Horacio Sanchez: Yeah, I think I, I'm starting to also think about resource issues. It's not lack of resource as much as we think in relation to schools. It is where we put our resources. And, you know, one of the things you met me mentioned earlier was this whole issue of how we prepare teachers for things, we forget how the brain works. So if I were to teach you something new, and I tell you go do it, the minute things get difficult, or I get busy, or things get stressful, the brain wants us to go back to the patterns that we've done the most out of the most comfortable with. So we train a bunch of teachers for an intense one or two weeks, and then we say, go on and do it. And then when crap hits, the fan, teachers go back to what they're always doing. And we just go, oh, they're resistant, we need to rethink how we're training teachers, we need to have training that says, Okay, I know, through the transition, it's going to be difficult. So I need to set up times when you're supported, reminded and just set times where you practice new skills, till you get to the place where you're comfortable with it, and you get to the place where you're good with it. And then once that happens, you'll do by yourself. But we have to help you through this piece, because we have to understand that that's not how the brain works. The other thing we have to stop doing is having teachers try to do six new things at the same time, the brain can do that, the brain content to one really brand new thing, because it takes so much more energy to engage in a new task, that it's tiring. So you don't want teachers to do all new things all the time. It doesn't work. So I think we have to just rethink the model. And we have to rethink coaching. Coaching should not be someone coming in here and going rah rah, coaching should be someone coming in there and going with you and showing you how it's done. Modeling it for you, practicing it with you and getting you through it to the part where you're it's mentorship is what we really need for schools in poverty, where teachers feel like, Oh, I see it being done, I know what to do. I feel good about it. I have nobody talking to me, I'm not being just giving a book, completely different approach. Teachers supported differently in schools that are concentrated poverty, students supported differently. And there you have a chance because if you don't support the adults, the adults teach the kids. If you don't get them feeling good about what they're doing, you don't have a shot, and then getting the kids to be encouraged and feeling like they can do it. And I think there is a lot to teaching belief structures. We need to start helping kids understand and view the world differently. I'm big proponent of that. I believe that regardless of your circumstance, if you learn very quickly to start to think about the what can change, how we can make it out of it start to understand that our brains are actually built to overcome obstacles. And most people encounter a crisis or a trauma, and they're back to homeostasis in three months. That is our DNA. If we embrace our DNA and help people to start looking at what we can overcome, and that we have a built in us and our perspective can change regardless of circumstance. We have a lot within us to change our perspective. And I'm a proponent of that. I'm a believer of that. And I think that is one of the things that kept me sane all my life.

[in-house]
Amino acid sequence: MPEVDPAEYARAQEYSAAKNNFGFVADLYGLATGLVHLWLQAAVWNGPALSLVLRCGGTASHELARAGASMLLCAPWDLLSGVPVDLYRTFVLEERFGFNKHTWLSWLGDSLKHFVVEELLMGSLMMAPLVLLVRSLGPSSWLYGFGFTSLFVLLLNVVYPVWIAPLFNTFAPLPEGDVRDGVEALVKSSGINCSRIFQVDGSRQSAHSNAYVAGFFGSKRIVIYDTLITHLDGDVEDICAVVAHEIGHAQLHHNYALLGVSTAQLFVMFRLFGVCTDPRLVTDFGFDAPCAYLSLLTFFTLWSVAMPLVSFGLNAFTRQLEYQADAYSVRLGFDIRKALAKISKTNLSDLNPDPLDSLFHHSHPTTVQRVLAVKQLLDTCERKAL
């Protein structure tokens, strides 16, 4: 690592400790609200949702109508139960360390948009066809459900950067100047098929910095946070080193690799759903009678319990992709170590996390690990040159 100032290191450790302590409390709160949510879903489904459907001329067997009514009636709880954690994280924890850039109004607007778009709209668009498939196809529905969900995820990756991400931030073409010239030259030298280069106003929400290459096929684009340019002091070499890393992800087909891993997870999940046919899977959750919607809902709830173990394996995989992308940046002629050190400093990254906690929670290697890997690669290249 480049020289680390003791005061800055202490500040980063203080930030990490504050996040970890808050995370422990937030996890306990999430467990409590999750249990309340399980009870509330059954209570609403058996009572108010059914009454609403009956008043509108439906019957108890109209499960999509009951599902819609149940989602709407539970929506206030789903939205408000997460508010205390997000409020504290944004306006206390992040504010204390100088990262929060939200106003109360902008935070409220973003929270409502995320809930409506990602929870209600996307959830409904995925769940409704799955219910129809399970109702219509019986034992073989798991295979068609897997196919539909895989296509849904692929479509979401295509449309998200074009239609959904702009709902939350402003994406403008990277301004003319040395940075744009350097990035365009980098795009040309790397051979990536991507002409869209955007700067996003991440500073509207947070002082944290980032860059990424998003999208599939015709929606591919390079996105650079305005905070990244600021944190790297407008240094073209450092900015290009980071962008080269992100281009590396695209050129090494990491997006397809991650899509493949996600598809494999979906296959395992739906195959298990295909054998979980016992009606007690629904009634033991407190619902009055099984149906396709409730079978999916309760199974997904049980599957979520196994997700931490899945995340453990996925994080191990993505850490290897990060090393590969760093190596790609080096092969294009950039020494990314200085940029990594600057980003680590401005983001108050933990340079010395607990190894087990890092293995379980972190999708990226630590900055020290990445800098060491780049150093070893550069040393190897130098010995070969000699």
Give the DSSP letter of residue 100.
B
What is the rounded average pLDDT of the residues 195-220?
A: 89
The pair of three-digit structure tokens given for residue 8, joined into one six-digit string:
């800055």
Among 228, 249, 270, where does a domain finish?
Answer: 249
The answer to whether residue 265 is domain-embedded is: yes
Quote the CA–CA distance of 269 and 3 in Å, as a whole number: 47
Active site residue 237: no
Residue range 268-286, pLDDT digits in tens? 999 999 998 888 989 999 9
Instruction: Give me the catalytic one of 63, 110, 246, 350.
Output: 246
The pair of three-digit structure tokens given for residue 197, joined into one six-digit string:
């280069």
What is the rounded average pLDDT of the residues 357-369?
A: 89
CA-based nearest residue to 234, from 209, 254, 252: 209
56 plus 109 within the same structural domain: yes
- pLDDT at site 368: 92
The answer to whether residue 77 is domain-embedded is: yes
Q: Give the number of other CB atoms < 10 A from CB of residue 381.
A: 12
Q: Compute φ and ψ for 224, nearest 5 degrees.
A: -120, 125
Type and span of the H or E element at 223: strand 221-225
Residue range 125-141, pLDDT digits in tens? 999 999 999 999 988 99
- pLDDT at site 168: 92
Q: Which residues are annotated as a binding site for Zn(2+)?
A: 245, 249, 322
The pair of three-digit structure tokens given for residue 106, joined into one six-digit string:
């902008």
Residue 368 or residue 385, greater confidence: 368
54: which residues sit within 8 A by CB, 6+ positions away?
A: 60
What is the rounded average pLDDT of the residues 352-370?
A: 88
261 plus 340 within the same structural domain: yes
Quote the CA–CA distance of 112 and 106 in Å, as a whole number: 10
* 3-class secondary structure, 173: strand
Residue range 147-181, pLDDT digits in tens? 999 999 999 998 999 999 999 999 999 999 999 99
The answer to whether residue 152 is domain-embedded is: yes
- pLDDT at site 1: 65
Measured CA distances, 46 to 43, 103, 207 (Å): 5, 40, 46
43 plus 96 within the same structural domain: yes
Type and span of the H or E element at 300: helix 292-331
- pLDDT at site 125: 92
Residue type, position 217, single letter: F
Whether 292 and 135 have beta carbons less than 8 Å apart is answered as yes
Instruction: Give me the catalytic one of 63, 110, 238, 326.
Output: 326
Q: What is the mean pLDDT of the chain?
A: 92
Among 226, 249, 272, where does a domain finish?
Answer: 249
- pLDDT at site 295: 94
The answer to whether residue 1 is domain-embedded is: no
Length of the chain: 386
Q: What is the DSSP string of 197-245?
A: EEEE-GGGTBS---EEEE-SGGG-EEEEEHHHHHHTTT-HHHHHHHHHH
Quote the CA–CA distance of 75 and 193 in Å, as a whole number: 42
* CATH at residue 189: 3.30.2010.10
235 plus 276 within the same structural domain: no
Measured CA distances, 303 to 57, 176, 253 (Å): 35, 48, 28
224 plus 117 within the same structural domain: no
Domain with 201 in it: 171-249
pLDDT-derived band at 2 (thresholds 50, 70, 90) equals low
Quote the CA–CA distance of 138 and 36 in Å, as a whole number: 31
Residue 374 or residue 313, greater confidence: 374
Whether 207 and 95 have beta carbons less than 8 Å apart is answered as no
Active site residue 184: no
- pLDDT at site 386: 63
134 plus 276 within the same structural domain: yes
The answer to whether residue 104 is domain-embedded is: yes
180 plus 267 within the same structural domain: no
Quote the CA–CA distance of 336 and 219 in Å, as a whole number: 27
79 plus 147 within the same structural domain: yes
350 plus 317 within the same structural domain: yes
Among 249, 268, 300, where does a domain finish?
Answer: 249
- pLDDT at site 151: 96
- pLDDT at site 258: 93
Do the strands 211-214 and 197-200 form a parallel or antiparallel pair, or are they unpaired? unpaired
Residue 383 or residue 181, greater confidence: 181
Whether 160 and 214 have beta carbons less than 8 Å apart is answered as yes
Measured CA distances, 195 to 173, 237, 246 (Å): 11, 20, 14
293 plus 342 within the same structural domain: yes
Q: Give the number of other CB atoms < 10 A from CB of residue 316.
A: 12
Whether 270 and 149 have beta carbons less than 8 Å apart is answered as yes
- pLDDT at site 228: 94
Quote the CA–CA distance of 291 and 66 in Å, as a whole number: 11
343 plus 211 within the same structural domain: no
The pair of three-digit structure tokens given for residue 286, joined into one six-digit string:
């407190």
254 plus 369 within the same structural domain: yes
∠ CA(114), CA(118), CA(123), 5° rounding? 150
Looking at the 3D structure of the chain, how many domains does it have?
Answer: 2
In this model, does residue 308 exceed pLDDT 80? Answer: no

Sucheta Kamath: Well, I think the great I think, you know, the PD, the professional development just, you know, reminds me that I think America spends what $18 to $20 billion a year for professional development And the studies show that only nine out of like close to 1400 studies have done, or whether these, you know, the professional training that they receive, is it impacting on student achievement. And the reason the numbers are so low is primarily because as you just mentioned, all the factors, but the teachers are asked to impact the teaching without experience of how to, they have understood it by hearing. And, you know, tying it back to executive function executive function is not knowing it's doing what you know. So doing what you know, is a motor practice, it's doing practice, it's running into some glitches as you do. And another thing it reminds reminded me your talk is Elizabeth Green was on my podcast, and she's, you know, the founder of Chalkbeat. But she wrote about, you know, what makes a great teachers, and she compared training in Japan versus America, you know, in Japan, the teachers are in front of the students only 600 hours, or 1000 hours and America, teachers are in front of the students, 1000 hours. So the 400 hours, the teachers are with the teachers, and they are discussing and learning and saying, hey, what is the best way to teach, and one of the examples that she she witnessed, which is so funny that you said this, that the teachers workshopped whether subtracting 13 I mean, seven out of 13 is a better mathematical concept teaching, or are subtracting six out of 13. And the reason is like counting by fives, you know, something, that kind of profound level of analysis is what our teachers would, are, like, longing for, because that will actually go into your, you know, white matter, your habits, your your routines, it becomes automated.